Processing slag at the mill site.
Blast furnace slag (BFS) and steel furnace slag (SFS) have a long history of being utilized as industrial byproducts, going back almost 100 years in the United States. BFS is composed of the non-metallic components removed from iron ore during processing in a blast furnace. It consists essentially of silicates and aluminosilicates of calcium and other bases. SFS is the nonmetallic product that is developed simultaneously with steel in the basic oxygen, electric, or open-hearth furnaces. It consists of calcium silicates and ferrites combined with fused and mineralogically combined oxides of iron, aluminum, manganese, calcium and magnesium. Both BFS and SFS have unique physical and chemical properties that make them particularly well suited to a variety of uses in construction and civil engineering projects.
The physical properties of iron and steel slags can vary greatly depending on the processing done once the slag is removed from the furnace. Air-cooled BFS produces a durable aggregate that performs well in unbound applications as well as in Portland cement and asphalt concretes.
Cooling the slag with water produces a lightweight aggregate for use in masonry blocks and lightweight concrete. Pelletized and granulated BFS are both water-cooled slags that can be ground and used to make slag cement. Slag cement provides reduced heat of hydration and improved resistance to sulfate attack and alkali-silica reaction when compared to regular Portland cement.
Slag based stone matrix asphalt pavement
Steel furnace slag typically forms a very angular, durable aggregate that makes it ideal for use in the transportation industry. SFS has been used successfully in the friction course of hot mix asphalt pavements, as well as in Superpave mix designs and stone matrix asphalt. In addition, the chemical composition of SFS slag makes it a cost effective and environmentally sound feed stock material for the production of Portland cement.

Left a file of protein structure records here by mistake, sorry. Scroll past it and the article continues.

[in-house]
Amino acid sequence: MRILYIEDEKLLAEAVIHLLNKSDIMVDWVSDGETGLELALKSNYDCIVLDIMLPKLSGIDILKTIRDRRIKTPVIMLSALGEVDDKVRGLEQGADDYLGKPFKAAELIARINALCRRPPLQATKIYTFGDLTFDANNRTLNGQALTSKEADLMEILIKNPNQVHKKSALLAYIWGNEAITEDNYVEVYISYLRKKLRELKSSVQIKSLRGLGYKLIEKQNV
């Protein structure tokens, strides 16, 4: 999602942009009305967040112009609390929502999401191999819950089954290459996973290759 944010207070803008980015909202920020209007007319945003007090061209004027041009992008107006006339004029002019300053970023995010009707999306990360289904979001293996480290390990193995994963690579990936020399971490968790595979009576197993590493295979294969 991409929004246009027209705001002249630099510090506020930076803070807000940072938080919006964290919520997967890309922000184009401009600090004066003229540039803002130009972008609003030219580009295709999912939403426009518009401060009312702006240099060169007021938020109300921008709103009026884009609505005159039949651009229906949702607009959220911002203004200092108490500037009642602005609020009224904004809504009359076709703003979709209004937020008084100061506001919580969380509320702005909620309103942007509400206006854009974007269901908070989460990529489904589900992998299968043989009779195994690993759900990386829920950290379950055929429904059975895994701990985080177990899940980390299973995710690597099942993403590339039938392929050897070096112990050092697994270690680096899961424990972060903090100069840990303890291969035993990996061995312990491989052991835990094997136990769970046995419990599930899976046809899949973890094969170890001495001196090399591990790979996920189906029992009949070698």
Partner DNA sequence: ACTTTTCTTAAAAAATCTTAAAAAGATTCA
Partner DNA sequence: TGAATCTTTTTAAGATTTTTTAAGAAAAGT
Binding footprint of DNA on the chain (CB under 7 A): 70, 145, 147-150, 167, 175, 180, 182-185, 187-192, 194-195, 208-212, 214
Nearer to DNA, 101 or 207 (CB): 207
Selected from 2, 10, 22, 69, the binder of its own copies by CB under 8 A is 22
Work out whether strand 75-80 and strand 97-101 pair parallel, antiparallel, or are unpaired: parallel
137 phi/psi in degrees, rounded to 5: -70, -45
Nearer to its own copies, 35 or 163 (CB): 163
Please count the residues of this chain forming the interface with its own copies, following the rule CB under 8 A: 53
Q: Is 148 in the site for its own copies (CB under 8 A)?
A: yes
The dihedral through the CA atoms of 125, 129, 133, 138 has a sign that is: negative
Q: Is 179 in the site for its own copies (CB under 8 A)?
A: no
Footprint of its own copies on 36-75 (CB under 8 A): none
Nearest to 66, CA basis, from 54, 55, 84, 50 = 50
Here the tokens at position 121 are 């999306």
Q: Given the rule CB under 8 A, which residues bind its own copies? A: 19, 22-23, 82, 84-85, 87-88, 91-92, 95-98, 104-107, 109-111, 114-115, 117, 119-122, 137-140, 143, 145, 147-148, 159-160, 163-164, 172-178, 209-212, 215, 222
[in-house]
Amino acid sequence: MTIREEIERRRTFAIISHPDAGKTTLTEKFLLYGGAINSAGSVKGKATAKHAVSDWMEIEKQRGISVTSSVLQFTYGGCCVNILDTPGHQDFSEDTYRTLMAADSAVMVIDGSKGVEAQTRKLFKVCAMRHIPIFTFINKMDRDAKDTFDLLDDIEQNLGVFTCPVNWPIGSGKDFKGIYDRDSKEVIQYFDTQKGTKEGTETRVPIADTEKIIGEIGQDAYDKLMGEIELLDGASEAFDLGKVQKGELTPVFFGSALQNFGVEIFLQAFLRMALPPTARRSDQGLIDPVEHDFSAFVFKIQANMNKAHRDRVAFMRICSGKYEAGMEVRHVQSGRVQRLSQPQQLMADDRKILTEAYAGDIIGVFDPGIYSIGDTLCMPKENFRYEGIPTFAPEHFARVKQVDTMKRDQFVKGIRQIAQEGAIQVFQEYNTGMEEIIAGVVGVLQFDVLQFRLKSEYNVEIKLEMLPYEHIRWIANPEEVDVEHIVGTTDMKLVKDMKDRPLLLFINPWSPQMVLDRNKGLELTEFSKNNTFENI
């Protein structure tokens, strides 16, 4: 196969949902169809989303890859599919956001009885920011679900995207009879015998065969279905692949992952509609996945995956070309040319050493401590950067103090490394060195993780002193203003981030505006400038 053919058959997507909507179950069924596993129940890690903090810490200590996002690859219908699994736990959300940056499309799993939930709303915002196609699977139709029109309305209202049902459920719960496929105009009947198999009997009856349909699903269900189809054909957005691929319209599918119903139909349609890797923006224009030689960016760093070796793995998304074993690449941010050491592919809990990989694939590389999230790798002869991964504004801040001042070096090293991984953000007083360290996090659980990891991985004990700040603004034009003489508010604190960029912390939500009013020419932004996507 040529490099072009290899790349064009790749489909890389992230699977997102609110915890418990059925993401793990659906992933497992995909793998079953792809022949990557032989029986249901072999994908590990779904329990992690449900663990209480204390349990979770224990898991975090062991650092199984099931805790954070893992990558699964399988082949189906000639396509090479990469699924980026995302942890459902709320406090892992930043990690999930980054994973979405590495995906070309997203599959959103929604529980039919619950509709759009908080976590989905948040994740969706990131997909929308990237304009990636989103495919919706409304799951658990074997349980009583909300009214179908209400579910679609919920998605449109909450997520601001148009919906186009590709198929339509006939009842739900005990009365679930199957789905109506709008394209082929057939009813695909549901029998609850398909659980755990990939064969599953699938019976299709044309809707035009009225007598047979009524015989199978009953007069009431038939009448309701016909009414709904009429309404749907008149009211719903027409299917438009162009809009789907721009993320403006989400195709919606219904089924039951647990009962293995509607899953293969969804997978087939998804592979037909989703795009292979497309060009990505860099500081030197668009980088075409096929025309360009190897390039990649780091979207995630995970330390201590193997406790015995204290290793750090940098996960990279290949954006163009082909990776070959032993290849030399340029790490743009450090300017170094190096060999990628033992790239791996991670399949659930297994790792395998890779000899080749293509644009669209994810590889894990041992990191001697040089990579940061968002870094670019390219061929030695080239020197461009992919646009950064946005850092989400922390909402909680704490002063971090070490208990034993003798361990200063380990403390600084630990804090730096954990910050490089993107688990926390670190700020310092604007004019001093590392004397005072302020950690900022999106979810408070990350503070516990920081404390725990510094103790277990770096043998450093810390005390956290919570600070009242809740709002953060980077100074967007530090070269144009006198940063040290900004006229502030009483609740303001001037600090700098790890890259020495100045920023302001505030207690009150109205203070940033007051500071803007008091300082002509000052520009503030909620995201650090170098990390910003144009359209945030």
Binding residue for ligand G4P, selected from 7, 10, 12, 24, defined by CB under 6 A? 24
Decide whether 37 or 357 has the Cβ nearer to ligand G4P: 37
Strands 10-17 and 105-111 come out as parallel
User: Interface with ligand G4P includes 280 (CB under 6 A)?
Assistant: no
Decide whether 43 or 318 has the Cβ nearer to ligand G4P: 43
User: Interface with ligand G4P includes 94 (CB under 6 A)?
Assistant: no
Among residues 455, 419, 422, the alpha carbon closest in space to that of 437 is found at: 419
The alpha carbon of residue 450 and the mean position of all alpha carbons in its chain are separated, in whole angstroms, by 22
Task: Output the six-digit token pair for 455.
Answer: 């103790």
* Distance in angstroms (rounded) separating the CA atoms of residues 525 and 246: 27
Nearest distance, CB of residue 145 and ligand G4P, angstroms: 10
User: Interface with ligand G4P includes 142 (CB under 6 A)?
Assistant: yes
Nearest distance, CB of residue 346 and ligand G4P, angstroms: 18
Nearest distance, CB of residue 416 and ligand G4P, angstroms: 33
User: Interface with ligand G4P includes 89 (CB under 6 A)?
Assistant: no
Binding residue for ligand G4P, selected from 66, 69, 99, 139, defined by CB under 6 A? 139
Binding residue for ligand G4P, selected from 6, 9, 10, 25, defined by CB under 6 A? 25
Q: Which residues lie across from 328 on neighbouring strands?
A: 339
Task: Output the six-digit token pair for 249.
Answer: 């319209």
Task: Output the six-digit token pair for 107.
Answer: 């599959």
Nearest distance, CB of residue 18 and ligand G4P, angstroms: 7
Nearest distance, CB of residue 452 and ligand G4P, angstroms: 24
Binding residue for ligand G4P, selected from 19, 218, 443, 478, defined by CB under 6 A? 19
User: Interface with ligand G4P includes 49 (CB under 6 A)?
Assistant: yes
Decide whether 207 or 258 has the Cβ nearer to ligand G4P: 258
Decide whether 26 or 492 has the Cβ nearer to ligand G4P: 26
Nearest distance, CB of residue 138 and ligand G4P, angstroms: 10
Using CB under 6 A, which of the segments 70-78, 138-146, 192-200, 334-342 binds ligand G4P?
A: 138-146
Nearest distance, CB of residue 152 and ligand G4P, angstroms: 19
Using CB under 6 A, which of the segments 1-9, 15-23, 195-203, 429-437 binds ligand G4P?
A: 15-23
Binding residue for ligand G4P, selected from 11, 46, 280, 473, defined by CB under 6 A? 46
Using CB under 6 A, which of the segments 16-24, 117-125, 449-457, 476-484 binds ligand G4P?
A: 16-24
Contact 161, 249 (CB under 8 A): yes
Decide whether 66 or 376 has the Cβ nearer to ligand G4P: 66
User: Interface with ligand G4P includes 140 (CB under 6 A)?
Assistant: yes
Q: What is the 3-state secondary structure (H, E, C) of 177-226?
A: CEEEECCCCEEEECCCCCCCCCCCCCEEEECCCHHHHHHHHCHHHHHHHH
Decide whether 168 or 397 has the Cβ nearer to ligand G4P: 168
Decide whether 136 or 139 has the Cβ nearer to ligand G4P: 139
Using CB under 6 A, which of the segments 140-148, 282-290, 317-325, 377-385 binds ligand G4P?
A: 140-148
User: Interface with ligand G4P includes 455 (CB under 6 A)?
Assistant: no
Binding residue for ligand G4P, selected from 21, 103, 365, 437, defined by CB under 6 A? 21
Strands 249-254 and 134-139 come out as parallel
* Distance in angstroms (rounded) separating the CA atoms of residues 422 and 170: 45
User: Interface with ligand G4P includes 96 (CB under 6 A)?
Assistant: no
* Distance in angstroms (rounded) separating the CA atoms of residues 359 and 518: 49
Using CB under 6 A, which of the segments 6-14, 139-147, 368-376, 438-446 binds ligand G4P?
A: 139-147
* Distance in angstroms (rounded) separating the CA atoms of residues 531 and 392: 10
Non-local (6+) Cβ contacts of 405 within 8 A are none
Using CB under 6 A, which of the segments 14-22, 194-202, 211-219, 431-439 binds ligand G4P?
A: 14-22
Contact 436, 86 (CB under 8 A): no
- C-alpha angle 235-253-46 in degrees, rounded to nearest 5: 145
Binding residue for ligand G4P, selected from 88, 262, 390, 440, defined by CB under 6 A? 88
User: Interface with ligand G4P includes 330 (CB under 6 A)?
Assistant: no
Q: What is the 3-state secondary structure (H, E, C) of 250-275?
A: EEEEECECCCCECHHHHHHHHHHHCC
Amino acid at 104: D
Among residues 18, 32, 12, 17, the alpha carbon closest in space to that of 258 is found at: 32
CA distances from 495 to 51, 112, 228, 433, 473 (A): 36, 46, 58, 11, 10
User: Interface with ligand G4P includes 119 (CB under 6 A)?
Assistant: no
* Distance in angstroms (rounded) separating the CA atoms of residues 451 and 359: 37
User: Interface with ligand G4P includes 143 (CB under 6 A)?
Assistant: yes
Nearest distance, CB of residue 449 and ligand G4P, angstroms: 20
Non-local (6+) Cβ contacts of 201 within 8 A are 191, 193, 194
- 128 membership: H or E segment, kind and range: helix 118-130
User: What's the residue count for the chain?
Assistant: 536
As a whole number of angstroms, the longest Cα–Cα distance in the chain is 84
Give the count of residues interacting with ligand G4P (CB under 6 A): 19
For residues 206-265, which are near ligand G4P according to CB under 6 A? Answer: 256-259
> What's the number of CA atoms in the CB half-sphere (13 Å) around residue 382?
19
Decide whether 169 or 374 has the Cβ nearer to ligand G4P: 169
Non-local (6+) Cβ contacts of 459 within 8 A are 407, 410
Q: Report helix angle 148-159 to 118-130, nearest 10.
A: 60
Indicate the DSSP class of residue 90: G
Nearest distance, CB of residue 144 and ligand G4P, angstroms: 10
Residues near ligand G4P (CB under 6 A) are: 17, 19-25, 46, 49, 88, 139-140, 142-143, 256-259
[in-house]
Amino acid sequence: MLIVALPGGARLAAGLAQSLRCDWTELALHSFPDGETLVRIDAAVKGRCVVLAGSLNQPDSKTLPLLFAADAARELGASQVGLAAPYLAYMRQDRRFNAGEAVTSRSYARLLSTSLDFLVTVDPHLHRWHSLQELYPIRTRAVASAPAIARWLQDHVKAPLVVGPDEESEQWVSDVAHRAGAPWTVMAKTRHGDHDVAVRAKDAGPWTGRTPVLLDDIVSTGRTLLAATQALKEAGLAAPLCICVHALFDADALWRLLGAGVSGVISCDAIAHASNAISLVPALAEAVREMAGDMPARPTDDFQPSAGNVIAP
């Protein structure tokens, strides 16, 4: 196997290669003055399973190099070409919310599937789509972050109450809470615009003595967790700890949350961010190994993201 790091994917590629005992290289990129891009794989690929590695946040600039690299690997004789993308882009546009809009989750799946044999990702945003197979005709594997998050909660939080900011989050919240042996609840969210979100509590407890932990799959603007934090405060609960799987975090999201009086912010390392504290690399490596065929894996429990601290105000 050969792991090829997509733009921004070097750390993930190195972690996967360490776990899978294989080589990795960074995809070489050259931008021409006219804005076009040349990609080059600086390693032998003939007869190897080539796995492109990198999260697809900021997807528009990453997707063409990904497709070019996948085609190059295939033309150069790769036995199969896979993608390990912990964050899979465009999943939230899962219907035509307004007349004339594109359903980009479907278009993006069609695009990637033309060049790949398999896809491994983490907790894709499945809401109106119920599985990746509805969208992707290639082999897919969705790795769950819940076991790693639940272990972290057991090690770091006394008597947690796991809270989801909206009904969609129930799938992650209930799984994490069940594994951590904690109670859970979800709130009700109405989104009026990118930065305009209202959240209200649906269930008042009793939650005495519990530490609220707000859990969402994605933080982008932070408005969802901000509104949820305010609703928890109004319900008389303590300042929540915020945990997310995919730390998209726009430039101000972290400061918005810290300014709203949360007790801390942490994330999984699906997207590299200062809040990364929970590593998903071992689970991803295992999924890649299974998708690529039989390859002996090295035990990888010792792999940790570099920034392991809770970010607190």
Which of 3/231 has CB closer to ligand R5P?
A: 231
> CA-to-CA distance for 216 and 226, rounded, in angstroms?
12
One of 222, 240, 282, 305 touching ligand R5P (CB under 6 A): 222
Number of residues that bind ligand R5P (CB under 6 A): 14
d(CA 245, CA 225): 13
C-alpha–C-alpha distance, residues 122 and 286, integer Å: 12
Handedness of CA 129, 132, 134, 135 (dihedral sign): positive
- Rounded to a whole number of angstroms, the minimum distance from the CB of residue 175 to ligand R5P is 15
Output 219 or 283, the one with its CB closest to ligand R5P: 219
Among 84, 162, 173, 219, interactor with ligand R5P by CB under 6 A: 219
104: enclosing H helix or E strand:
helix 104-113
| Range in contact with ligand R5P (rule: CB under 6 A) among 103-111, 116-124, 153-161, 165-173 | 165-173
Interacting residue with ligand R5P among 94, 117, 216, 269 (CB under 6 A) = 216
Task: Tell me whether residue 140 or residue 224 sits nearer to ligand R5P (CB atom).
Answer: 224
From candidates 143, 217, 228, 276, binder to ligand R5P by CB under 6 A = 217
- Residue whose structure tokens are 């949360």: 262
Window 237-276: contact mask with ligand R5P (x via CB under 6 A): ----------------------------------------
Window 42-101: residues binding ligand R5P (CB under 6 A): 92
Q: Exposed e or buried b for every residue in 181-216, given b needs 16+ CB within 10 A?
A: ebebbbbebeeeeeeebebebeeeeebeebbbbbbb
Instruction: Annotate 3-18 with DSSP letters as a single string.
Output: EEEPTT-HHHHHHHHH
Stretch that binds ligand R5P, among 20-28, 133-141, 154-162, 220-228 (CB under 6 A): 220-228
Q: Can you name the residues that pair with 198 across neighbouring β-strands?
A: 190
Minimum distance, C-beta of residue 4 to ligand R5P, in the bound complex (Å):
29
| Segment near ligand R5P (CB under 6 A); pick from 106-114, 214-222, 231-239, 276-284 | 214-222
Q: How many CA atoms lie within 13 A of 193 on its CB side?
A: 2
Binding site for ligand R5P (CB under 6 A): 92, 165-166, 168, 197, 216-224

An independent nationally renowned chemical laboratory and risk assessment team has conducted a human and ecological risk assessment of both BFS and SFS. The risk assessment scientists analyzed samples from a representative cross-section of the slag industry in accordance with the EPA’s risk assessment guidelines. The results of this study reinforced that BFS and SFS conforms to the EPA’s stringent requirements and does not pose a threat to human or plant life. As in most applications, when materials are used in environmentally sensitive areas they should be tested to assess environmental impact. It should be noted that BFS and SFS have a long history of environmentally safe application, and that the use of slag has very positive environmental benefits. The use of slag in cement manufacturing significantly decreases carbon dioxide emissions, and reduces the energy needed to calcine limestone. The use of slag as aggregate reduces the need for virgin materials and the energy use and emissions produced during the mining, processing and transportation of those materials.